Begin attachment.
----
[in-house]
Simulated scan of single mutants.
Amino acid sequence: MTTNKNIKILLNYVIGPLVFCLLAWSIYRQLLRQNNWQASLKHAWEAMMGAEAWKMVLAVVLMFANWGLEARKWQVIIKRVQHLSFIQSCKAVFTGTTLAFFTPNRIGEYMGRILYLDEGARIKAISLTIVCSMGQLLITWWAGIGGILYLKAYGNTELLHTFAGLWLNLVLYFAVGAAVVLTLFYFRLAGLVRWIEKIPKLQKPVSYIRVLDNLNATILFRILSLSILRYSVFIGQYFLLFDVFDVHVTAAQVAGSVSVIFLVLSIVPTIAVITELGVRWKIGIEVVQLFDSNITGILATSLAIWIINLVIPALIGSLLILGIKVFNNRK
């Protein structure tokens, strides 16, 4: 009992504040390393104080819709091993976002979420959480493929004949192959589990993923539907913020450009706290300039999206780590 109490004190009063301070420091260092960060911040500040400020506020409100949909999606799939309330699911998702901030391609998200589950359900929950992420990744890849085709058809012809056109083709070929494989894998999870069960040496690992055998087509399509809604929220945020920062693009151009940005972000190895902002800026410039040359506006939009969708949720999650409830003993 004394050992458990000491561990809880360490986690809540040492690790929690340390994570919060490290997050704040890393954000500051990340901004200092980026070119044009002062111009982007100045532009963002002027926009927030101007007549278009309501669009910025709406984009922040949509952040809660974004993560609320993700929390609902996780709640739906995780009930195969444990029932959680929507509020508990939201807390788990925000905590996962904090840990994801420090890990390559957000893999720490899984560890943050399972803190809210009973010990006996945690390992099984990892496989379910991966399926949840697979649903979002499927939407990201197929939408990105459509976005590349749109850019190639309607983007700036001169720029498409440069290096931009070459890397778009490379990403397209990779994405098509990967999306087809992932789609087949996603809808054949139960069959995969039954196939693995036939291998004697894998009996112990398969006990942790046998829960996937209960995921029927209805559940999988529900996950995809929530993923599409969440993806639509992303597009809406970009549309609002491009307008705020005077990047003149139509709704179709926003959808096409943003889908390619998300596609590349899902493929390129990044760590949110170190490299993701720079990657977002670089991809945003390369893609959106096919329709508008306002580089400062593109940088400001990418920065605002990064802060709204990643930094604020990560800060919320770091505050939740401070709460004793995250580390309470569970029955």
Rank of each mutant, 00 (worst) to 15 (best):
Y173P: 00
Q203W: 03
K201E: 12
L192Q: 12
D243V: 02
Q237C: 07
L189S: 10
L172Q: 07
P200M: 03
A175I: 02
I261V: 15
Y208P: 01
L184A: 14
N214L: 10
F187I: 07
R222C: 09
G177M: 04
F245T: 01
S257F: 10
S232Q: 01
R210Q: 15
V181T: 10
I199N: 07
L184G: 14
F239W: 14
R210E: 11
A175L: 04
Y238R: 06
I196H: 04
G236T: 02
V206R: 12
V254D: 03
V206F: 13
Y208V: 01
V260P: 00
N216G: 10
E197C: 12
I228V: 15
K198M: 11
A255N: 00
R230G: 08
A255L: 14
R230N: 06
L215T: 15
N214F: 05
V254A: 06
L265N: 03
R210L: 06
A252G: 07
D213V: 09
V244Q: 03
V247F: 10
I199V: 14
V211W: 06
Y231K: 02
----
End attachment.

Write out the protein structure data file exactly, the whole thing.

[in-house]
Simulated scan of single mutants.
Amino acid sequence: MTTNKNIKILLNYVIGPLVFCLLAWSIYRQLLRQNNWQASLKHAWEAMMGAEAWKMVLAVVLMFANWGLEARKWQVIIKRVQHLSFIQSCKAVFTGTTLAFFTPNRIGEYMGRILYLDEGARIKAISLTIVCSMGQLLITWWAGIGGILYLKAYGNTELLHTFAGLWLNLVLYFAVGAAVVLTLFYFRLAGLVRWIEKIPKLQKPVSYIRVLDNLNATILFRILSLSILRYSVFIGQYFLLFDVFDVHVTAAQVAGSVSVIFLVLSIVPTIAVITELGVRWKIGIEVVQLFDSNITGILATSLAIWIINLVIPALIGSLLILGIKVFNNRK
């Protein structure tokens, strides 16, 4: 009992504040390393104080819709091993976002979420959480493929004949192959589990993923539907913020450009706290300039999206780590 109490004190009063301070420091260092960060911040500040400020506020409100949909999606799939309330699911998702901030391609998200589950359900929950992420990744890849085709058809012809056109083709070929494989894998999870069960040496690992055998087509399509809604929220945020920062693009151009940005972000190895902002800026410039040359506006939009969708949720999650409830003993 004394050992458990000491561990809880360490986690809540040492690790929690340390994570919060490290997050704040890393954000500051990340901004200092980026070119044009002062111009982007100045532009963002002027926009927030101007007549278009309501669009910025709406984009922040949509952040809660974004993560609320993700929390609902996780709640739906995780009930195969444990029932959680929507509020508990939201807390788990925000905590996962904090840990994801420090890990390559957000893999720490899984560890943050399972803190809210009973010990006996945690390992099984990892496989379910991966399926949840697979649903979002499927939407990201197929939408990105459509976005590349749109850019190639309607983007700036001169720029498409440069290096931009070459890397778009490379990403397209990779994405098509990967999306087809992932789609087949996603809808054949139960069959995969039954196939693995036939291998004697894998009996112990398969006990942790046998829960996937209960995921029927209805559940999988529900996950995809929530993923599409969440993806639509992303597009809406970009549309609002491009307008705020005077990047003149139509709704179709926003959808096409943003889908390619998300596609590349899902493929390129990044760590949110170190490299993701720079990657977002670089991809945003390369893609959106096919329709508008306002580089400062593109940088400001990418920065605002990064802060709204990643930094604020990560800060919320770091505050939740401070709460004793995250580390309470569970029955």
Rank of each mutant, 00 (worst) to 15 (best):
Y173P: 00
Q203W: 03
K201E: 12
L192Q: 12
D243V: 02
Q237C: 07
L189S: 10
L172Q: 07
P200M: 03
A175I: 02
I261V: 15
Y208P: 01
L184A: 14
N214L: 10
F187I: 07
R222C: 09
G177M: 04
F245T: 01
S257F: 10
S232Q: 01
R210Q: 15
V181T: 10
I199N: 07
L184G: 14
F239W: 14
R210E: 11
A175L: 04
Y238R: 06
I196H: 04
G236T: 02
V206R: 12
V254D: 03
V206F: 13
Y208V: 01
V260P: 00
N216G: 10
E197C: 12
I228V: 15
K198M: 11
A255N: 00
R230G: 08
A255L: 14
R230N: 06
L215T: 15
N214F: 05
V254A: 06
L265N: 03
R210L: 06
A252G: 07
D213V: 09
V244Q: 03
V247F: 10
I199V: 14
V211W: 06
Y231K: 02